##### Objectives

- Learn to find complex eigenvalues and eigenvectors of a matrix.

- Learn to find complex eigenvalues and eigenvectors of a matrix.

In Section 5.4, we saw that a matrix whose characteristic polynomial has distinct real roots is *diagonalizable*: it is similar to a diagonal matrix, which is much simpler to analyze. In this section, we study matrices whose characteristic polynomial has *complex* roots. If a matrix has distinct complex eigenvalues, then it is also diagonalizable, but it similar to a diagonal matrix with *complex* entries. The geometric interpretation of such a matrix is a subtle question, which is treated in detail in the full version of the book.

See Appendix A for a review of the complex numbers.

As a consequence of the fundamental theorem of algebra as applied to the characteristic polynomial, we see that:

Every matrix has exactly complex eigenvalues, counted with multiplicity.

We can compute a corresponding (complex) eigenvector in exactly the same way as before: by row reducing the matrix Now, however, we have to do arithmetic with complex numbers.

If is a matrix with real entries, then its characteristic polynomial has real coefficients, so this note implies that its complex eigenvalues come in conjugate pairs. In the first example, we notice that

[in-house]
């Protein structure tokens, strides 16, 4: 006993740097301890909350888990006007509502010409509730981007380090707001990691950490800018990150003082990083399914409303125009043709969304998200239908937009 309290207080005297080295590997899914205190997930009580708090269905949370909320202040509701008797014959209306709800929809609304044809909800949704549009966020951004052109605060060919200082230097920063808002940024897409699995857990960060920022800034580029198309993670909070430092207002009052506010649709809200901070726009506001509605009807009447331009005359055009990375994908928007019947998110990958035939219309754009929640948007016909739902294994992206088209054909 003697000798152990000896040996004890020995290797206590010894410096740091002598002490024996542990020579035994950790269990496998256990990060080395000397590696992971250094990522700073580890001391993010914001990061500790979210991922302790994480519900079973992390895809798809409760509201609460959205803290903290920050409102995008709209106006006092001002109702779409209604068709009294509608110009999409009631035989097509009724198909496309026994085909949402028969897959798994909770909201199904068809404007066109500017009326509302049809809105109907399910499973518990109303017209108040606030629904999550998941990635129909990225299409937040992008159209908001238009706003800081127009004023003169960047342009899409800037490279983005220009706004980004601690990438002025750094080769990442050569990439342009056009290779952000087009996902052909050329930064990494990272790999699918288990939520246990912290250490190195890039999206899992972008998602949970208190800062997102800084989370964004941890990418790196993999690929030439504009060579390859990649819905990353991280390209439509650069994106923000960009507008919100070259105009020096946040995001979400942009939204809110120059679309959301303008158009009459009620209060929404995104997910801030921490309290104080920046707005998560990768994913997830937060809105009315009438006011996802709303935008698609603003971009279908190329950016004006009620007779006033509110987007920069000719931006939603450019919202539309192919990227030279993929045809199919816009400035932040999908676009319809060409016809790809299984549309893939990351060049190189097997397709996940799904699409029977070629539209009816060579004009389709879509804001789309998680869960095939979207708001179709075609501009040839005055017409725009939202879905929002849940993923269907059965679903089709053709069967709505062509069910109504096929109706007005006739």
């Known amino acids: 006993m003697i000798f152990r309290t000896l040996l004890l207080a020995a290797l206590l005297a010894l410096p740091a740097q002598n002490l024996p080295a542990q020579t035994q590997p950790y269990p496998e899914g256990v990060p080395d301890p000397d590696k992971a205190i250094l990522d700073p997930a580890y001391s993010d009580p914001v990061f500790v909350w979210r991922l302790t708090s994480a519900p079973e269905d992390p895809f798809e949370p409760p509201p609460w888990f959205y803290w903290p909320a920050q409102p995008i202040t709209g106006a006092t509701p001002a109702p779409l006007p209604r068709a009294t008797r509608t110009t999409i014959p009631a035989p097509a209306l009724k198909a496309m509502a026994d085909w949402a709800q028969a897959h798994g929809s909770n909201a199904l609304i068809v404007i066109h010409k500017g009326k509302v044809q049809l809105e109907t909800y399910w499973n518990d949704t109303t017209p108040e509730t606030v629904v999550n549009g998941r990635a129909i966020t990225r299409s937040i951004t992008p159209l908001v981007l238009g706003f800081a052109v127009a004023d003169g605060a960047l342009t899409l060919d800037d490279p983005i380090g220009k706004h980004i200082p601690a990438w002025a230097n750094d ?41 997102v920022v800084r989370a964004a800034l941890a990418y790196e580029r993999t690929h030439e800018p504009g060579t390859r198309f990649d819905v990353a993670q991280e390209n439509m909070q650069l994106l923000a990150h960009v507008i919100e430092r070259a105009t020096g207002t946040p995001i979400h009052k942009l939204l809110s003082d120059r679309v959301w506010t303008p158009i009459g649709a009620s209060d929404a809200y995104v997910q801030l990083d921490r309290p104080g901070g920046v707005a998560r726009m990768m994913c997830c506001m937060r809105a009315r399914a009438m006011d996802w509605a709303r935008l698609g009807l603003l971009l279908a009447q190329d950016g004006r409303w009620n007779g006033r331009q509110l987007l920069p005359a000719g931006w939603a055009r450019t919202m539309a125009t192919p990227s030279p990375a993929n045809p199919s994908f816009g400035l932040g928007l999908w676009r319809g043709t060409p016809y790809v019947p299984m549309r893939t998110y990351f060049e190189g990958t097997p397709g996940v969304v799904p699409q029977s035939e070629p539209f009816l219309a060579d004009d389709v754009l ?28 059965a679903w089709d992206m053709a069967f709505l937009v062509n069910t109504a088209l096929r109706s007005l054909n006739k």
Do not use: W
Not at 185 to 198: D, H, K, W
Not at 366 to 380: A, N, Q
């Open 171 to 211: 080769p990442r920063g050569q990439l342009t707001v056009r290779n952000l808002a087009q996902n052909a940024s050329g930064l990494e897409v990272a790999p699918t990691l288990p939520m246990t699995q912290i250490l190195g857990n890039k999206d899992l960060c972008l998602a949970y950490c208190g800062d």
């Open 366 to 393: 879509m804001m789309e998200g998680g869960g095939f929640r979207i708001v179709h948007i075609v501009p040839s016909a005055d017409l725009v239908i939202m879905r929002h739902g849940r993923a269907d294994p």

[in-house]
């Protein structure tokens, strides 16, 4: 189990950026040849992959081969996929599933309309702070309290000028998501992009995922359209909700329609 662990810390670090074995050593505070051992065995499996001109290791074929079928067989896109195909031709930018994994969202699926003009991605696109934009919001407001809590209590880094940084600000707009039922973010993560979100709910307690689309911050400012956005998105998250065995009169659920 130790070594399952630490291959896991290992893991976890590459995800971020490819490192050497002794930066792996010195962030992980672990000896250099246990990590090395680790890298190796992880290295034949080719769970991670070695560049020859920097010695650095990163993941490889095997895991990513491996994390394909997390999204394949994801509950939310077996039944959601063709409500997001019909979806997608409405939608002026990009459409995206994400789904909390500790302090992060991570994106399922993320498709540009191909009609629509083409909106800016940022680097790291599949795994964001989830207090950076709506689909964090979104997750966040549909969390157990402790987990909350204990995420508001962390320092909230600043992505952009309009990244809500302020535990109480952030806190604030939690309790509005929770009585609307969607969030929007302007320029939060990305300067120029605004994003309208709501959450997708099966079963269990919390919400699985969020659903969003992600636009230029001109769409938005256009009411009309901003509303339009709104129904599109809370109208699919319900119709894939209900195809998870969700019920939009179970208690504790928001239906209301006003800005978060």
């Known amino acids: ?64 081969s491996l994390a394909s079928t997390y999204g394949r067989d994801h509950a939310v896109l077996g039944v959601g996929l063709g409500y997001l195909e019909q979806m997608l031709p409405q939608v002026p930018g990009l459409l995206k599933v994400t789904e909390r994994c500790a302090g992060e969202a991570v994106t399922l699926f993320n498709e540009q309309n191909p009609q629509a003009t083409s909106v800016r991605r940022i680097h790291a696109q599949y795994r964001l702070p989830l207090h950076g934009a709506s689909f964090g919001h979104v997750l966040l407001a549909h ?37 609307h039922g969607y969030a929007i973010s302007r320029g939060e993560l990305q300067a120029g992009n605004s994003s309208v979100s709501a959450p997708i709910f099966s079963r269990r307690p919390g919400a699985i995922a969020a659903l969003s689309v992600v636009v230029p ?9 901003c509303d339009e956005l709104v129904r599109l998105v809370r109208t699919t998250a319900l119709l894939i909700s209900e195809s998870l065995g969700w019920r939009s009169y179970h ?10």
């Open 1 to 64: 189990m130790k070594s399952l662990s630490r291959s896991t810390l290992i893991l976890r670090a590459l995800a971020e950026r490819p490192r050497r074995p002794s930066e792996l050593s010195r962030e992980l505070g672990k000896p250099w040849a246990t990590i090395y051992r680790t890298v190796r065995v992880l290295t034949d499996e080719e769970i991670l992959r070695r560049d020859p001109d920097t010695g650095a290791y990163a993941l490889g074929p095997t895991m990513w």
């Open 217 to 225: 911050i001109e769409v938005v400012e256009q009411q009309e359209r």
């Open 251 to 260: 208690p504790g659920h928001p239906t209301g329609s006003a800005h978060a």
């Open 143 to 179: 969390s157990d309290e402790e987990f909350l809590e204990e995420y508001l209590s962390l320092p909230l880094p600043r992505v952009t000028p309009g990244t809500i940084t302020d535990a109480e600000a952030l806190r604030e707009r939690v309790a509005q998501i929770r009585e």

In the second example,

In these cases, an eigenvector for the conjugate eigenvalue is simply the *conjugate eigenvector* (the eigenvector obtained by conjugating each entry of the first eigenvector). This is always true. Indeed, if then

which exactly says that is an eigenvector of with eigenvalue

Let be a matrix with real entries. If

In other words, both eigenvalues and eigenvectors come in conjugate pairs.

Since it can be tedious to divide by complex numbers while row reducing, it is useful to learn the following trick, which works equally well for matrices with real entries.

Let be a matrix, and let be a (real or complex) eigenvalue. Then

assuming the first row of is nonzero.

Indeed, since is an eigenvalue, we know that is not an invertible matrix. It follows that the rows are collinear (otherwise the determinant is nonzero), so that the second row is automatically a (complex) multiple of the first:

It is obvious that is in the null space of this matrix, as is for that matter. Note that we never had to compute the second row of let alone row reduce!

In this example we found the eigenvectors and for the eigenvalues and respectively, but in this example we found the eigenvectors and for the same eigenvalues of the same matrix. These vectors do not look like multiples of each other at first—but since we now have complex numbers at our disposal, we can see that they actually are multiples: